It is coincidental that here, in mid-Lent, I have just finished reading my fourth book in a row on the atonement, besides listening to various sermons and lectures online.

If I were to write another book, it could be another, even clearer, presentation of the gospel.

If I were to write another book, it would be because my wife told me I should, because the good news is way better than even I thought it was a couple of years ago.

If I were to write another book, this could be the Forward.


It is coincidental that here, in mid-Lent, I have just finished reading my fourth book in a row on the atonement, besides listening to various sermons and lectures online. It’s not that unusual for me to lock onto a subject, but I don’t think I’ve ever locked on to something this meaningful and relevant, for it relates to everything (if you happen to be a spiritually-minded person). For that matter, it’s relevant even if you’re not, but that’s a topic for another time. It’s relevant to everything because at the heart of the atonement issue—and the larger issues of life, death and everything—is the nature and character of God.

At this point in my studies, I am more than ever convinced that a majority of evangelicals around the world have been taught things about the atonement—and subsequently the nature of God—which are heretical. In this, I am in line with most of the church throughout history. It is unfortunate that so many church attendees will have to listen to sermons about justice and wrath and how God abandoned Jesus on the cross because He couldn’t look on sin, about how we are all worms saved only because God poured his wrath on Jesus instead of us.

This kind of thinking not only portrays God as being not at all like Jesus (and somewhat schizoid), but pits God against Jesus, antagonist versus victim, dividing the Godhead. This thinking, by the way, came from Calvin, who was forced to this conclusion to make sense of his other heretical ideas.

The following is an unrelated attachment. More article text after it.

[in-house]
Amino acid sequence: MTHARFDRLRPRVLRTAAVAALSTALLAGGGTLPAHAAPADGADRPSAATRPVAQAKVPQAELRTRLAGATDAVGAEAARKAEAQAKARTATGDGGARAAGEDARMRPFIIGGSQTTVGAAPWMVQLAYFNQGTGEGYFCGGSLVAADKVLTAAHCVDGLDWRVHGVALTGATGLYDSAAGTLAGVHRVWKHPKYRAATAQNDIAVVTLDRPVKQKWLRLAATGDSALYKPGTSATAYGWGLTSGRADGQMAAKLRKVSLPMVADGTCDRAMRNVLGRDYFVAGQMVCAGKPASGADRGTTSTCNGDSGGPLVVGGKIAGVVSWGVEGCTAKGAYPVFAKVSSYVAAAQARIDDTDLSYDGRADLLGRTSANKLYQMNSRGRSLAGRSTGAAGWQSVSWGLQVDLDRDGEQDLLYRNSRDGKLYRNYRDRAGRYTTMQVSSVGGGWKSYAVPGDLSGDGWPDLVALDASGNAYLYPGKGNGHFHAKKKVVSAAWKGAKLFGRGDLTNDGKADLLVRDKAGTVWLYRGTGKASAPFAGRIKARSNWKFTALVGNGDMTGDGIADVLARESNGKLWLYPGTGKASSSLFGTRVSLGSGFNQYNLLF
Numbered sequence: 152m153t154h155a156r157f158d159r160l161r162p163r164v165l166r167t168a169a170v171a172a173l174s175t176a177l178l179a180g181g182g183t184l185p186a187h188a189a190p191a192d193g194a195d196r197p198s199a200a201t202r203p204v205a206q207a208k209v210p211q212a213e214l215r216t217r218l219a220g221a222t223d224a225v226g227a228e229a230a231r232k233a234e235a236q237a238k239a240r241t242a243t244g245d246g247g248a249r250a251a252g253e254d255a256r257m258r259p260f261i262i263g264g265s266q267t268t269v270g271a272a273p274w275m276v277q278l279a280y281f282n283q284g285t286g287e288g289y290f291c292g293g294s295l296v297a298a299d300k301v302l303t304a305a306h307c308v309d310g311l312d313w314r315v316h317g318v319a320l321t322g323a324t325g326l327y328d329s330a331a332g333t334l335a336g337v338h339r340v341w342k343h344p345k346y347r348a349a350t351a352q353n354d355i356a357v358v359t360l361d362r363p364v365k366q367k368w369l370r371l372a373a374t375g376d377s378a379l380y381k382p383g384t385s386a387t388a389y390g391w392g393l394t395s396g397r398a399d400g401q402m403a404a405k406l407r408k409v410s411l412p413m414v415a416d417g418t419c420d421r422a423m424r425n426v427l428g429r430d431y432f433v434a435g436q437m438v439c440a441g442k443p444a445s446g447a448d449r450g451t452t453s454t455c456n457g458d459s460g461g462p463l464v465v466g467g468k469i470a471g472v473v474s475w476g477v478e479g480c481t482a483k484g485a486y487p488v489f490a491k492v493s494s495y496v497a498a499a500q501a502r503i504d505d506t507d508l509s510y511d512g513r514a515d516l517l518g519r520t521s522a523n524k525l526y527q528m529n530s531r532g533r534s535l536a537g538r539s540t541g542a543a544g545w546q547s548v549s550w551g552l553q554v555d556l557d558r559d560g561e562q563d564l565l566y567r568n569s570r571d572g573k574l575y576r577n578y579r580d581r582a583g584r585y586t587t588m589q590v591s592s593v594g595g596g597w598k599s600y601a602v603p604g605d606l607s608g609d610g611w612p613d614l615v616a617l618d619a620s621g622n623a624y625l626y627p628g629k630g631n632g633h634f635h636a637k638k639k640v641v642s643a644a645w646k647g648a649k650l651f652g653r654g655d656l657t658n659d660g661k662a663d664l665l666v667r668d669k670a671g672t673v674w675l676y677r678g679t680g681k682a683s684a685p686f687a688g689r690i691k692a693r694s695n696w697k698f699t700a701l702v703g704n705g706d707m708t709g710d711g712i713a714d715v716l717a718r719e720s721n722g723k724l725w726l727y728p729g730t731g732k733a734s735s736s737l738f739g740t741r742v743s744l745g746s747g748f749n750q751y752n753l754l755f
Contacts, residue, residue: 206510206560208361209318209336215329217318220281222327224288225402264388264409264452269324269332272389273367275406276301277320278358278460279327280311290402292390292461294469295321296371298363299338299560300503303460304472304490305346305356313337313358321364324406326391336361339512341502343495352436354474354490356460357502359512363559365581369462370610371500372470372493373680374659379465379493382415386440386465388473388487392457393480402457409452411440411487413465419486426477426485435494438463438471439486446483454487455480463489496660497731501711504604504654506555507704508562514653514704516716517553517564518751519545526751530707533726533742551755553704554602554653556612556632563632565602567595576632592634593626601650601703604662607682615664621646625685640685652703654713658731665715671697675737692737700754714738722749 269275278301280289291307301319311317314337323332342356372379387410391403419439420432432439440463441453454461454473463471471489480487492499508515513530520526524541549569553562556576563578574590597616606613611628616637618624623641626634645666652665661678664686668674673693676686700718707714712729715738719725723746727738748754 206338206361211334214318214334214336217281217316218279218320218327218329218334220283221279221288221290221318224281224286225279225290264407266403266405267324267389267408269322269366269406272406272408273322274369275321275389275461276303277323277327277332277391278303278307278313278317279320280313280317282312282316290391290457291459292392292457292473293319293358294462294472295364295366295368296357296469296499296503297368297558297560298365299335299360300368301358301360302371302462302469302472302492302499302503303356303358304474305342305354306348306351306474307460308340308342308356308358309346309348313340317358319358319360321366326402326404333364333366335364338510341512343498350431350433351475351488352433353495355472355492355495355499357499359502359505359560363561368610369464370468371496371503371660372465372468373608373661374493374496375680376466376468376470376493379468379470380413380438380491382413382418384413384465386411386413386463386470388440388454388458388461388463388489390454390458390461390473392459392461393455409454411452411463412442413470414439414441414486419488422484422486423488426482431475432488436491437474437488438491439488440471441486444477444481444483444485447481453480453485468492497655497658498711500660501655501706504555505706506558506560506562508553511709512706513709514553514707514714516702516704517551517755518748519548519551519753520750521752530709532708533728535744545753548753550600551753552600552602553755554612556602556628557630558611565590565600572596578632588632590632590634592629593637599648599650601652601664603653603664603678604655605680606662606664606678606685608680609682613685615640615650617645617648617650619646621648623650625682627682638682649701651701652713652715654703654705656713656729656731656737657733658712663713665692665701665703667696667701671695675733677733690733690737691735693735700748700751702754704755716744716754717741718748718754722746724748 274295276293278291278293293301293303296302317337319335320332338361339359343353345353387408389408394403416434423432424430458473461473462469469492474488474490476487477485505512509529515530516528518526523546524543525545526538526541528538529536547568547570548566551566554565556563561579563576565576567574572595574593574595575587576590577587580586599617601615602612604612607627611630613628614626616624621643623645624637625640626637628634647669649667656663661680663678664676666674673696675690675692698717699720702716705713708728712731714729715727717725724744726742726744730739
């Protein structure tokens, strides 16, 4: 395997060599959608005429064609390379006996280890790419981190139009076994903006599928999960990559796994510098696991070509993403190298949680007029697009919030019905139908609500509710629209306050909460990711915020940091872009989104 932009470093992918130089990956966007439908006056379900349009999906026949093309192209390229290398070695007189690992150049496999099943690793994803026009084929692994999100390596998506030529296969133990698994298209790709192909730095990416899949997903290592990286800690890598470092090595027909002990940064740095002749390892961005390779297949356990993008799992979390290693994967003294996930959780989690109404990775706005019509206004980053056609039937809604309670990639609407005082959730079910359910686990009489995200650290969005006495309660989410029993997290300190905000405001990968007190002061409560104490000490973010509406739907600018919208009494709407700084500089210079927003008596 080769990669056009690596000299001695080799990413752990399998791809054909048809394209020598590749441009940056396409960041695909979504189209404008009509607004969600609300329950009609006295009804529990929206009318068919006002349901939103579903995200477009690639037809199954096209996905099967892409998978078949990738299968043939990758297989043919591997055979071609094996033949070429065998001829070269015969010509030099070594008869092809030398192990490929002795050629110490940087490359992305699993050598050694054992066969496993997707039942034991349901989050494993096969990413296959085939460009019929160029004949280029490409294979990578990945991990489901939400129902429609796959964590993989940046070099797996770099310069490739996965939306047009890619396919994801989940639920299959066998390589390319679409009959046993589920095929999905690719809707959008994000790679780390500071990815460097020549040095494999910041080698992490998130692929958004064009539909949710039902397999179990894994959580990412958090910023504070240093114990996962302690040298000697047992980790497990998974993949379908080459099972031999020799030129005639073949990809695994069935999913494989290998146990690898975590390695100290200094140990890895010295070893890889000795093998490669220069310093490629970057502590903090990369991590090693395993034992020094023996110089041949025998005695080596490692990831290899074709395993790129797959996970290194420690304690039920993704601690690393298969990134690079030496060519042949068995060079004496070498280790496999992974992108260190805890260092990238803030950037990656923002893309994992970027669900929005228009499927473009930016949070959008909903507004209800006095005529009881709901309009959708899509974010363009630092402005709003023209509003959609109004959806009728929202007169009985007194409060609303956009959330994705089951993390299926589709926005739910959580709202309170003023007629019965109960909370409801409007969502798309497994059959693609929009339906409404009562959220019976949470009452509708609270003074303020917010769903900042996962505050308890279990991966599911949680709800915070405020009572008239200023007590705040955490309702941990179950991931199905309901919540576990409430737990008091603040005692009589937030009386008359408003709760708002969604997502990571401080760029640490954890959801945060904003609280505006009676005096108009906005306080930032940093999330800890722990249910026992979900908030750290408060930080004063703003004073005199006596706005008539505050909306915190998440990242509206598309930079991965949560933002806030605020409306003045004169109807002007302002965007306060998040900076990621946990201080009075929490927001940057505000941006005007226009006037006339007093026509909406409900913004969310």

This is not good news. If anything, this should cause us all to wind up on Easter with a case of PTSD. Even after being saved by the skin of our teeth, we still have to deal with the fact that our God would have crucified us, and will still go on to throw most of the world into hell for all eternity. This is supposed to make us happy? Rejoice! We’re saved, but the rest of the world will burn forever!

With this kind of thinking, it’s no wonder that some of evangelical Christianity (if it can be called that) has turned into a kind of war-mongering hate group, fostering various “us against them” mindsets and acting not at all like Jesus (who, by the way, is not coming back on a white horse to smite anybody).

Thankfully, none of this wrath-based thinking is true. It doesn’t even make sense. (Part of the problem is that words like wrath, ransom, and hell have been mistranslated and the English words mis-defined.) If God was paid off by Jesus, that’s not really forgiveness, is it? If someone else pays off my mortgage, the bank hasn’t forgiven the loan; it was paid in full. Calling it forgiveness is not being very honest. Plus, it makes God into someone other than who Jesus said he was.

The Good News is so much better! Here’s a basic outline of the true story, which (with various nuances) has been believed since the early Church (if I were to write another book, these are topics that I would explore in depth):

• God is exactly like Jesus (the Bible tells us so).

• God is love. Period. (It’s all about the love, ‘bout the love, no wrath…). The wrathful God is a myth.

• There is no original sin/guilt as invented by Augustine/Calvin. Mankind is not totally depraved. Sin is a plague, and we are victims.

• God never wanted sacrifices. (This was news to me, but a couple of later OT writers—and Jesus—make this point.)

• Jesus was born (incarnated) to join man back to God.

• Jesus is in the Father, and the Father is in Jesus (they are not like Legos that can be pulled apart).

• God forgave us apart from Jesus’ death. He forgave us without payment or incentive. (There’s no forgiveness if payment was required.)

• God did not turn away from Jesus because of sin; God looks at sin all the time. The verses in Habakkuk need to be read in context, which actually is making the point that God does indeed tolerate sin. 

• Jesus died to save us from sin (the plague) and death. He basically blew death up from the inside when he rose on Easter.